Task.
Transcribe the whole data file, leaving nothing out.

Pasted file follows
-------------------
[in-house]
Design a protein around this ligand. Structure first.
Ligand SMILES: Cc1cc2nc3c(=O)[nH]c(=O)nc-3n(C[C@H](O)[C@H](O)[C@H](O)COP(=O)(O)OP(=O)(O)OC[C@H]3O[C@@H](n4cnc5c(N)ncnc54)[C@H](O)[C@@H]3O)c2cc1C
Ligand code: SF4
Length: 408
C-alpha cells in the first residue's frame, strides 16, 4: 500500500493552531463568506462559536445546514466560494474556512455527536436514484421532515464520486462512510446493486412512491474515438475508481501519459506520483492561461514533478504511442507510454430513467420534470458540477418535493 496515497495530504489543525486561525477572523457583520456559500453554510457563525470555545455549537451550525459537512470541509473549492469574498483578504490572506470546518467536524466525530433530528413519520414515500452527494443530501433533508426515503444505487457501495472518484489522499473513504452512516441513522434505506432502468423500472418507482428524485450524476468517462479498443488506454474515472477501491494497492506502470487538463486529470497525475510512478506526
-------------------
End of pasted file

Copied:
[in-house]
Design a protein around this ligand. Structure first.
Ligand SMILES: Cc1cc2nc3c(=O)[nH]c(=O)nc-3n(C[C@H](O)[C@H](O)[C@H](O)COP(=O)(O)OP(=O)(O)OC[C@H]3O[C@@H](n4cnc5c(N)ncnc54)[C@H](O)[C@@H]3O)c2cc1C
Ligand code: SF4
Length: 408
C-alpha cells in the first residue's frame, strides 16, 4: 500500500493552531463568506462559536445546514466560494474556512455527536436514484421532515464520486462512510446493486412512491474515438475508481501519459506520483492561461514533478504511442507510454430513467420534470458540477418535493 496515497495530504489543525486561525477572523457583520456559500453554510457563525470555545455549537451550525459537512470541509473549492469574498483578504490572506470546518467536524466525530433530528413519520414515500452527494443530501433533508426515503444505487457501495472518484489522499473513504452512516441513522434505506432502468423500472418507482428524485450524476468517462479498443488506454474515472477501491494497492506502470487538463486529470497525475510512478506526